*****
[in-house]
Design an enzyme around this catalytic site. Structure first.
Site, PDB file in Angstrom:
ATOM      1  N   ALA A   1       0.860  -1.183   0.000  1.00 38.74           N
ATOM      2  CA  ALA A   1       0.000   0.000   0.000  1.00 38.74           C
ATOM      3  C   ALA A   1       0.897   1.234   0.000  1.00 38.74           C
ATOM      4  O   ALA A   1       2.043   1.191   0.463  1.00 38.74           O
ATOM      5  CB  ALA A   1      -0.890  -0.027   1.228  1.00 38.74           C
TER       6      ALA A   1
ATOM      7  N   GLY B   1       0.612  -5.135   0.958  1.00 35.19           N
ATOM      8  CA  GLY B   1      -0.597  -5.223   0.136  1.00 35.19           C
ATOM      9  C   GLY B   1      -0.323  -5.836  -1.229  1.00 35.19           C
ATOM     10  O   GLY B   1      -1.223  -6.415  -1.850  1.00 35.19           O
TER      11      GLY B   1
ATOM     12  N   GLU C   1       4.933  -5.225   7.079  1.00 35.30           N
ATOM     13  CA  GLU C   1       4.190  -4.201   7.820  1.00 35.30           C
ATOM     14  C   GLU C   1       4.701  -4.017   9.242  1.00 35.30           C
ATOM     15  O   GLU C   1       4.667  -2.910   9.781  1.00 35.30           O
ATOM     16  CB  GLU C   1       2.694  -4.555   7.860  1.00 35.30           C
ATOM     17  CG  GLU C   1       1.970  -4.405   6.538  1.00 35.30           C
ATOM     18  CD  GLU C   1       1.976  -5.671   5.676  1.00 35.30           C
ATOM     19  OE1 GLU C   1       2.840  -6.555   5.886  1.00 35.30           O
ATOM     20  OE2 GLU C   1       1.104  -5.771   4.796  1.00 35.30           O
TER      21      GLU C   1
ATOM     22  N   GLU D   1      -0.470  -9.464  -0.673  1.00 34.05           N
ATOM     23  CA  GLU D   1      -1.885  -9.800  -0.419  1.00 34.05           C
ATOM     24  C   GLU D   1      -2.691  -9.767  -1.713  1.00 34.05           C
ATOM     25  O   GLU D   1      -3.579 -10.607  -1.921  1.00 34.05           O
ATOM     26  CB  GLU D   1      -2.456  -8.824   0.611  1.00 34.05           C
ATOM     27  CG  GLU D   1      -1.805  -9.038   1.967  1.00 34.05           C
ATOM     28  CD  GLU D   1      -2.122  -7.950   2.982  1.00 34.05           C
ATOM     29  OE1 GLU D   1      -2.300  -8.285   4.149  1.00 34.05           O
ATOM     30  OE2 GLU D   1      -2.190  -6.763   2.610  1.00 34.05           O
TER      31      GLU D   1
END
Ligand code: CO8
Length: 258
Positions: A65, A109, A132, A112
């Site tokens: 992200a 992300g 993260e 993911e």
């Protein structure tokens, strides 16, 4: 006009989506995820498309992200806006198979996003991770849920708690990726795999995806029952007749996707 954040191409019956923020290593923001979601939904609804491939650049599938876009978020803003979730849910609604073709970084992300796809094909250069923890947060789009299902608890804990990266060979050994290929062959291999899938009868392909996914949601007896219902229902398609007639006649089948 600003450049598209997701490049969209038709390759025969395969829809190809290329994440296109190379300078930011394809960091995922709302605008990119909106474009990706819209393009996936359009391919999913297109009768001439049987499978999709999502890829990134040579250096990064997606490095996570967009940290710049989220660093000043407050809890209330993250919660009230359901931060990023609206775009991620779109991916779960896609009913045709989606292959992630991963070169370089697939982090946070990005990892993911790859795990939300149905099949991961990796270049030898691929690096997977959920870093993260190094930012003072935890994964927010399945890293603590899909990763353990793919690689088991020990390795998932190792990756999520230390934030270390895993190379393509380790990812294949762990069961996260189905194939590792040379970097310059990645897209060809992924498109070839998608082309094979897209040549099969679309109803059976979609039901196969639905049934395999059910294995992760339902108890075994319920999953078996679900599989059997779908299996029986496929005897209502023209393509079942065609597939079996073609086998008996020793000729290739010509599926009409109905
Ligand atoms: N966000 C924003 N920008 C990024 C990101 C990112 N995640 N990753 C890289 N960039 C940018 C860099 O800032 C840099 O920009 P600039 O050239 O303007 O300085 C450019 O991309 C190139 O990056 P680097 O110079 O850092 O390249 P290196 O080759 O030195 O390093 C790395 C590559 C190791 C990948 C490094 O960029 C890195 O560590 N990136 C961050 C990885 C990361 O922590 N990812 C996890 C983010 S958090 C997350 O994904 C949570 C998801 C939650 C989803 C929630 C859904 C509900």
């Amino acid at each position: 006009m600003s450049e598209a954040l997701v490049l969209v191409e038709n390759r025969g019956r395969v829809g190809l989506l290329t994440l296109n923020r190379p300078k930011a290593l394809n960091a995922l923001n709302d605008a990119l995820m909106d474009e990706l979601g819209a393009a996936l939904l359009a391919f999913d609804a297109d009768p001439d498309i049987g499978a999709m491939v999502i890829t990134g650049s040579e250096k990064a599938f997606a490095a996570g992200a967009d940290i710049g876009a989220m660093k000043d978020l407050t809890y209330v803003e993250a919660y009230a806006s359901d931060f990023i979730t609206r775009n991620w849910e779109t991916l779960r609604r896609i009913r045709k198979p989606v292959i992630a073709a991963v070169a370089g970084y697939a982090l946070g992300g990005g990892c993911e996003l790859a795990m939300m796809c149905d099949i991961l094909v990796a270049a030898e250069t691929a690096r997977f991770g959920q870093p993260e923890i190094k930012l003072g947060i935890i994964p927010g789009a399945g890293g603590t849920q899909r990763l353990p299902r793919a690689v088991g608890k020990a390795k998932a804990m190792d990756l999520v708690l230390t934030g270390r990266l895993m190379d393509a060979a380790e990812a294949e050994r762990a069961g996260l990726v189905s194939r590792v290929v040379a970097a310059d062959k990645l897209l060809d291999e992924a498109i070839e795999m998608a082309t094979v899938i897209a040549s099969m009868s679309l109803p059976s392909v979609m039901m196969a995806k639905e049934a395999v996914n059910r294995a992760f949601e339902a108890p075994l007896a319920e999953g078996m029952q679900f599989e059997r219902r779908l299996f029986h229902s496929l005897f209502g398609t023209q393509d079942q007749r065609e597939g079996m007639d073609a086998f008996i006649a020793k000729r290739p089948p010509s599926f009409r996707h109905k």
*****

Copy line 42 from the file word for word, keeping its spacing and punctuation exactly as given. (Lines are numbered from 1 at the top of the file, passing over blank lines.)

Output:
């Amino acid at each position: 006009m600003s450049e598209a954040l997701v490049l969209v191409e038709n390759r025969g019956r395969v829809g190809l989506l290329t994440l296109n923020r190379p300078k930011a290593l394809n960091a995922l923001n709302d605008a990119l995820m909106d474009e990706l979601g819209a393009a996936l939904l359009a391919f999913d609804a297109d009768p001439d498309i049987g499978a999709m491939v999502i890829t990134g650049s040579e250096k990064a599938f997606a490095a996570g992200a967009d940290i710049g876009a989220m660093k000043d978020l407050t809890y209330v803003e993250a919660y009230a806006s359901d931060f990023i979730t609206r775009n991620w849910e779109t991916l779960r609604r896609i009913r045709k198979p989606v292959i992630a073709a991963v070169a370089g970084y697939a982090l946070g992300g990005g990892c993911e996003l790859a795990m939300m796809c149905d099949i991961l094909v990796a270049a030898e250069t691929a690096r997977f991770g959920q870093p993260e923890i190094k930012l003072g947060i935890i994964p927010g789009a399945g890293g603590t849920q899909r990763l353990p299902r793919a690689v088991g608890k020990a390795k998932a804990m190792d990756l999520v708690l230390t934030g270390r990266l895993m190379d393509a060979a380790e990812a294949e050994r762990a069961g996260l990726v189905s194939r590792v290929v040379a970097a310059d062959k990645l897209l060809d291999e992924a498109i070839e795999m998608a082309t094979v899938i897209a040549s099969m009868s679309l109803p059976s392909v979609m039901m196969a995806k639905e049934a395999v996914n059910r294995a992760f949601e339902a108890p075994l007896a319920e999953g078996m029952q679900f599989e059997r219902r779908l299996f029986h229902s496929l005897f209502g398609t023209q393509d079942q007749r065609e597939g079996m007639d073609a086998f008996i006649a020793k000729r290739p089948p010509s599926f009409r996707h109905k």